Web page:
Slimantics: A voice crying in the bewilderness


Slim Smith



A press release delivered to The Dispatch earlier of this week alerted us to a community meeting Tuesday where Kerr-McGee/Tronox issues would be discussed.


It was issued by a group I was not familiar with, The Committee for Environmental Justice, so I arrived early for the meeting to learn more about the group from Carl Lee, the person who had dropped off the press release at our office.


Arriving at 5:45 p.m. for the 6 p.m., meeting, I instead found Lee had already commenced, even as people were still filing into the Municipal Complex courtroom.



Lee was striding up and down the center aisle, his voice booming. The first words I heard from Lee: "If they think they can run me out of town, they're going to wind up in the cemetery."


What followed was more than an hour of sermonizing, demonizing, moralizing and patronizing. There were times when the purpose for which the meeting was called seemed to have been abandoned.


Lee held the floor the entire time. There were no other speakers. No questions were asked or solicited (aside from a couple of people who tried to steer Lee back to the purpose of the meeting by asking him to "get on with it.")


Lee took shots at government at every level -- national, state and local -- referenced anecdotes from his past and made reference to politicians and celebrities, both living and dead. Among them were, in no particular order, Trent Lott, Roger Wicker, Oprah Winfrey, Bob Dylan, Jed Clampett, Tennessee Williams, Eudora Welty, Cindy-Hyde Smith, Phil Bryant, Medgar Evers, Fannie Lou Hamer, Danny Glover, John Grisham, Barack Obama, Jim Morrison, Stevie Wonder, Diana Ross, George H.W. Bush, George Wallace and Rosa Parks. And that's just a partial list.


At first, the crowded room (more than 100 citizens, most of them with personal stakes in the Kerr-McGee case) sat in awkward silence, sometimes exchanging bewildered looks with the person seated next to them as Lee bounced from one stream of consciousness observation to another.


About 30 minutes in, people seemed to be having conversations with those around them as the murmur of the audience competed with Lee's soliloquy.


Twice, when audience members urged him to get back to the subject, he told them they could leave if they didn't like what they were hearing.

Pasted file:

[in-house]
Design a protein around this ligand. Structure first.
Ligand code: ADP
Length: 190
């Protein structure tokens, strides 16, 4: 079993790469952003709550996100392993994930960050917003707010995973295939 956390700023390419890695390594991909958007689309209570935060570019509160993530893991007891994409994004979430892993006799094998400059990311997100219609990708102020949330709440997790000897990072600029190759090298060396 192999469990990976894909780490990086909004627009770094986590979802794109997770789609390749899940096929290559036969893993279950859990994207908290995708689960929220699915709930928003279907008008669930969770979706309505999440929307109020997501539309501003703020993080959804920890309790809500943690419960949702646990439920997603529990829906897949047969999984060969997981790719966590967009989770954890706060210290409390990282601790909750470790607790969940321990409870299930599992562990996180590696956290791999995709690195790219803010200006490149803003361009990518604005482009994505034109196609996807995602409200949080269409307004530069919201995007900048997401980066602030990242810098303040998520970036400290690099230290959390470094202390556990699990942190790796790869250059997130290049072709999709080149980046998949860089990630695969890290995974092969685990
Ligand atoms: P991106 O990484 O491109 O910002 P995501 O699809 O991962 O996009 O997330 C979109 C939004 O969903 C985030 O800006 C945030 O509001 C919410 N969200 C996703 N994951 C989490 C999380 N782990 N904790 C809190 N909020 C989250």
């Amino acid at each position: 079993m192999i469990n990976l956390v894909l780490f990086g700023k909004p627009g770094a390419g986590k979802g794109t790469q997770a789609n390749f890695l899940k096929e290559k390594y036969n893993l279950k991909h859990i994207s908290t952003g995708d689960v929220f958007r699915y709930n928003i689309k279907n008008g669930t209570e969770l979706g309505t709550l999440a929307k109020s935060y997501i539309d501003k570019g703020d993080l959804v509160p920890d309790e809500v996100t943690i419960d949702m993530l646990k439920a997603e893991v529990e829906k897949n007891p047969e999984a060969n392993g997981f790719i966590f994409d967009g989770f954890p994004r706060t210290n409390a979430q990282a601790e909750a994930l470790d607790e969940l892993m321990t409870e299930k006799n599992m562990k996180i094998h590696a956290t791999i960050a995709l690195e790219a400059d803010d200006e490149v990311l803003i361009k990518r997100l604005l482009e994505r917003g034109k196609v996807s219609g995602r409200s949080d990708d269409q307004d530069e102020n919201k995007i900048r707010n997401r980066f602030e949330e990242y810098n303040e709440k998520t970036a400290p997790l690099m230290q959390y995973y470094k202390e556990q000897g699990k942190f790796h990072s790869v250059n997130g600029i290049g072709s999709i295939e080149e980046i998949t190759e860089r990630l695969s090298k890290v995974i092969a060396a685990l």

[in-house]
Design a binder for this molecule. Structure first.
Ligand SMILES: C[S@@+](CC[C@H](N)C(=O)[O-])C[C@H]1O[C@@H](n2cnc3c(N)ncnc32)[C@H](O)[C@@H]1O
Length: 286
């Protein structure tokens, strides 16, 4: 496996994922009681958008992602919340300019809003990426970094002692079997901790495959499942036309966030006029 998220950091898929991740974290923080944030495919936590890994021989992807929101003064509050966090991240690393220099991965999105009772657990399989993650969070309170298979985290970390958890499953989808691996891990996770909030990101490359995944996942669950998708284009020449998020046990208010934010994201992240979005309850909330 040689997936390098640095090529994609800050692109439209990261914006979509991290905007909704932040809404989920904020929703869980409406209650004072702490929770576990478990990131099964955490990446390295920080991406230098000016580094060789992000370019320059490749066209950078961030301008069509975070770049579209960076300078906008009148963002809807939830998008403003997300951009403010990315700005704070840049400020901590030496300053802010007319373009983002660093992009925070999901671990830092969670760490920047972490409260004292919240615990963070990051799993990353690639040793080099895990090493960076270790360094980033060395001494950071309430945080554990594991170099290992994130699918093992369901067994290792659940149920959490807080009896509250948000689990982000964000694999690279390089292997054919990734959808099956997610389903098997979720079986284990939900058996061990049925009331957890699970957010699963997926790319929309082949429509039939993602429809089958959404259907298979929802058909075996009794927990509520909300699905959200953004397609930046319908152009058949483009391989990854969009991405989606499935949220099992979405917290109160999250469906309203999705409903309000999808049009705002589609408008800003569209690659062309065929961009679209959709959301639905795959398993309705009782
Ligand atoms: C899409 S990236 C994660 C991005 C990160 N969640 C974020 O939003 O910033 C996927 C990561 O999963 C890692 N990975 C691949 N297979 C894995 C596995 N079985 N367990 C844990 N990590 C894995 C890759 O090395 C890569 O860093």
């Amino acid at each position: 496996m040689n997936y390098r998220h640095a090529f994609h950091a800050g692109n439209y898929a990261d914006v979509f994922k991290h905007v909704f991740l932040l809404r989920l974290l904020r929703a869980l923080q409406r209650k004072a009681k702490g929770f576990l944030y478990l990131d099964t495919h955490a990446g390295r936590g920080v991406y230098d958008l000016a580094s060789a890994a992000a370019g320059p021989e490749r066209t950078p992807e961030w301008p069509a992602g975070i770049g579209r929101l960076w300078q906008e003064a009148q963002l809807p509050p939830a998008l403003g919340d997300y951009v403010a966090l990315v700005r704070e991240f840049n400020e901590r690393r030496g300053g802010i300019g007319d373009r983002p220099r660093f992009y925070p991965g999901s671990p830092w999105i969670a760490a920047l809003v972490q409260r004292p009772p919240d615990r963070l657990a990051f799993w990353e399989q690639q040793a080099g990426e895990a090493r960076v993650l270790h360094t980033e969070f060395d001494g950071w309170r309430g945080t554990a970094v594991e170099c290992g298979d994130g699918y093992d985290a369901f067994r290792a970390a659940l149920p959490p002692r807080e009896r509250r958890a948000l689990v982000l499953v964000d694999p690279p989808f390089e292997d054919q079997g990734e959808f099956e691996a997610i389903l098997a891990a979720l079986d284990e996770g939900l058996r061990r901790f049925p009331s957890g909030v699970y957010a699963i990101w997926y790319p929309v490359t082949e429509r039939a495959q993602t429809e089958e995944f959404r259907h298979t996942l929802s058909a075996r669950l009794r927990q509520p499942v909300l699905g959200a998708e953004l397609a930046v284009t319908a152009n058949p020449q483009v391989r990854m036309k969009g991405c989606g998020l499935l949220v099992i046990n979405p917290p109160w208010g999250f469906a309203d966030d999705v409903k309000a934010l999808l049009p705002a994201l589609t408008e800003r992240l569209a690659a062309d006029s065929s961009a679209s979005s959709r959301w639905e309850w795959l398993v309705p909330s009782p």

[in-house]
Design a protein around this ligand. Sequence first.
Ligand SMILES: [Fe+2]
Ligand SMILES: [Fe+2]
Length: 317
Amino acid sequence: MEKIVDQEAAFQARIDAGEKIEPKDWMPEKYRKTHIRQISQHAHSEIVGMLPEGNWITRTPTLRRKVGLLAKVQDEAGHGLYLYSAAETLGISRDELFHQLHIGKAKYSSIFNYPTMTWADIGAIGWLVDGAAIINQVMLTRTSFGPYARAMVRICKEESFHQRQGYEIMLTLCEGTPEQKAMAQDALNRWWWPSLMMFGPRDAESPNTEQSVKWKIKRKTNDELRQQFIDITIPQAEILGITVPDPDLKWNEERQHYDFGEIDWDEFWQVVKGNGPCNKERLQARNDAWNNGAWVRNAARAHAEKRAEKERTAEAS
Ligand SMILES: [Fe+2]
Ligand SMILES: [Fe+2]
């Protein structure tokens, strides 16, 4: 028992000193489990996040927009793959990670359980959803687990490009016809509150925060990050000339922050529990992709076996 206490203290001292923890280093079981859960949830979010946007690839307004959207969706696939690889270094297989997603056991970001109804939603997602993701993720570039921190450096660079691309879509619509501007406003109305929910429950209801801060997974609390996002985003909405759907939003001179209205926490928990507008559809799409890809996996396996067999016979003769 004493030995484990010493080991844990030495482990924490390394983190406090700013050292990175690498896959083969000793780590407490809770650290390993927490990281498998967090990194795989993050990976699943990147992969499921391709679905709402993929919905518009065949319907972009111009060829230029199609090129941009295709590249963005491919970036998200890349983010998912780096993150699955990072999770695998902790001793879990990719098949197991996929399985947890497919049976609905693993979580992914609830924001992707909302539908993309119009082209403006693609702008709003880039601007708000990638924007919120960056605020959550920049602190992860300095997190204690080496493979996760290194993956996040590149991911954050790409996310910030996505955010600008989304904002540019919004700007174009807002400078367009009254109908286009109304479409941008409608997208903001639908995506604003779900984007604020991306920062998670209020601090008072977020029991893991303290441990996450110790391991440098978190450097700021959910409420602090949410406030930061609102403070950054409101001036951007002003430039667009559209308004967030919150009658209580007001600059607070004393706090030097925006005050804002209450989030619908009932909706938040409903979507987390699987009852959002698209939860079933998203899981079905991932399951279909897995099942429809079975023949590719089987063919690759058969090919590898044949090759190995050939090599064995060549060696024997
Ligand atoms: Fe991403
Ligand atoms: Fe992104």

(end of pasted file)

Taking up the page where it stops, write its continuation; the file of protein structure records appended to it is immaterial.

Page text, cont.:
After 45 minutes, a few folks gave up on the whole affair and left.


The rest of the crowd stuck it out. What had been advertised as a community meeting became performance art. When the audience seemed to grasp that, their attitude changed. They settled in, laughed at Lee's more sensational comments and appeared to be enjoying the show.


The original idea was that Lee would read a letter The Committee for Environmental Justice (more on this group in a minute) planned to send to the New York bankruptcy judge in charge of the Tronox case. The letter raised objections to the way the claims settlements have been managed and criticized the clean-up effort for a lack of transparency and misinformation. The letter asked the judge to meet with six members of the committee to discuss the issues in greater detail.


Lee started reading the letter, which was displayed on two monitors so the audience could read along, at 6:05. He didn't finish reading the seven-paragraph letter until 45 minutes later, departing from the text after a sentence or two to rail against all manner of evils,be they real, imagined and recollected.


The meeting ended at 7:10, largely because the crowd began to exit en masse.


After the meeting, I asked Lee about the members of the Committee for Environmental Justice. He seemed to be coming up with the names off the top of his head, finally, saying if the people he mentioned didn't want to be on the committee, he (Lee) would be a "committee of one."


The whole thing was a hot mess. I doubt anyone who attended walked out of the meeting with a relevant piece information the person didn't already know.


And yet there is something meaningful to be drawn from this episode, a couple of things that can be taken as fact.


First, Carl Lee can draw an audience. Second, he can hold it.


But can he take it anywhere?


Nothing I heard Tuesday night suggests he can.


But there is a larger, more substantive point here, one that should not be obscured by Lee's antics.


It was the audience itself.


These are the people for whom the Kerr-McGee saga has taken a tragic toll -- on themselves, their families, their neighborhoods, their property. They are frustrated by the process. They don't understand how the settlement process works. They don't understand why some of their neighbors have received settlements and others have not. They don't understand why some residents are offered a few thousand dollars while others walk away with ten or even hundreds of thousands.


Above all else, in the words of the prophet Hosea, "they are destroyed for a lack of knowledge." The Garretson Resolution Group, which administers claims and settlements, has been appalling in its failure to provide even basic information. An attorney who represents some of the citizens said claims have languished for two years or more without any communication at all.


It's no wonder, then, that people are frustrated, angry, disillusioned. They have every right to feel that way.


Those sentiments, as much as anything, are why more than 120 people showed up to hear Lee speak. Whatever else may be said, Lee is giving those frustrations voice. He's the only one, in fact, who appears to be doing that.


That is why his effort, if not his execution of it, is worthy of respect.




Slim Smith is a columnist and feature writer for The Dispatch. His email address is [email protected]


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